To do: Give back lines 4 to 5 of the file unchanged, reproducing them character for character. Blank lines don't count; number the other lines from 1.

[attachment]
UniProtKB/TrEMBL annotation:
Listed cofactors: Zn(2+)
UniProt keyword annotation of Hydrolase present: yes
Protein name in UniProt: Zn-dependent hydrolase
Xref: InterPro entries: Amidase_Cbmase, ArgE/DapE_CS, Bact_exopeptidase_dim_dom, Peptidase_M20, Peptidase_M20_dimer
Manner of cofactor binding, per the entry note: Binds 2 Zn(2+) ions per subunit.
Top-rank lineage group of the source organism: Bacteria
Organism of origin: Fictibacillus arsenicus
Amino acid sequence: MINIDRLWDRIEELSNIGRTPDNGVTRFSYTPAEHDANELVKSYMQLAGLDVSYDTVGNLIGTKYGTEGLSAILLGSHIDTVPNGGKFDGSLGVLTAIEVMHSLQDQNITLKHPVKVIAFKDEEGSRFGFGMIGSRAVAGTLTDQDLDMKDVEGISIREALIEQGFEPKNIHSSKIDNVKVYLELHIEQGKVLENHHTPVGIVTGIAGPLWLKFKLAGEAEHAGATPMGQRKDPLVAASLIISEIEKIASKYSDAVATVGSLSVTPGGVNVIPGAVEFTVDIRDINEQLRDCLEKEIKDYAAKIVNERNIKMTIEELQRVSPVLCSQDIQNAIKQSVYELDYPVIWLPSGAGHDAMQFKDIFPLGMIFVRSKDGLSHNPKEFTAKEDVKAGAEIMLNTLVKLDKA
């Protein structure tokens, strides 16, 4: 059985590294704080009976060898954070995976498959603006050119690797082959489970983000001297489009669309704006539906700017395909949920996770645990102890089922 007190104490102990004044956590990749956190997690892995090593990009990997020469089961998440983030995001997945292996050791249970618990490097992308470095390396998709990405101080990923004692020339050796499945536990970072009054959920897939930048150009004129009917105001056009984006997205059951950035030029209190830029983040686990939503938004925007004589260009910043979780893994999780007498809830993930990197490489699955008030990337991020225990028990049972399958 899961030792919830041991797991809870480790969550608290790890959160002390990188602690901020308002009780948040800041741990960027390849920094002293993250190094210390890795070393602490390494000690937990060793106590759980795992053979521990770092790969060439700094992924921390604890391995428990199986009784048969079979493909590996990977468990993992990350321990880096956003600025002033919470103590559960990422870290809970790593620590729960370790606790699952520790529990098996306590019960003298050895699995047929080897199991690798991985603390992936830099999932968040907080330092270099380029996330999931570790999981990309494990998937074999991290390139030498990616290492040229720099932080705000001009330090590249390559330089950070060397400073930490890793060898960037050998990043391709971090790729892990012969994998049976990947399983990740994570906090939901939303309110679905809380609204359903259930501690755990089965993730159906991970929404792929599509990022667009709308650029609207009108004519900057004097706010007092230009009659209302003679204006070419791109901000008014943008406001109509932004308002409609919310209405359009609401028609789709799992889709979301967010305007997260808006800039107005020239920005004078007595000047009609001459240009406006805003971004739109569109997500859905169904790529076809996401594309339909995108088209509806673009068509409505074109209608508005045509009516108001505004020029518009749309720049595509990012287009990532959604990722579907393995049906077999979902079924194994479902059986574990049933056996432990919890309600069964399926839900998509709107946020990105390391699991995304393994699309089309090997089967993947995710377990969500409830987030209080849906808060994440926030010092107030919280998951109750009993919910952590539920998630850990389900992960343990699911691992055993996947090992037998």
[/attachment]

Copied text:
Protein name in UniProt: Zn-dependent hydrolase
Xref: InterPro entries: Amidase_Cbmase, ArgE/DapE_CS, Bact_exopeptidase_dim_dom, Peptidase_M20, Peptidase_M20_dimer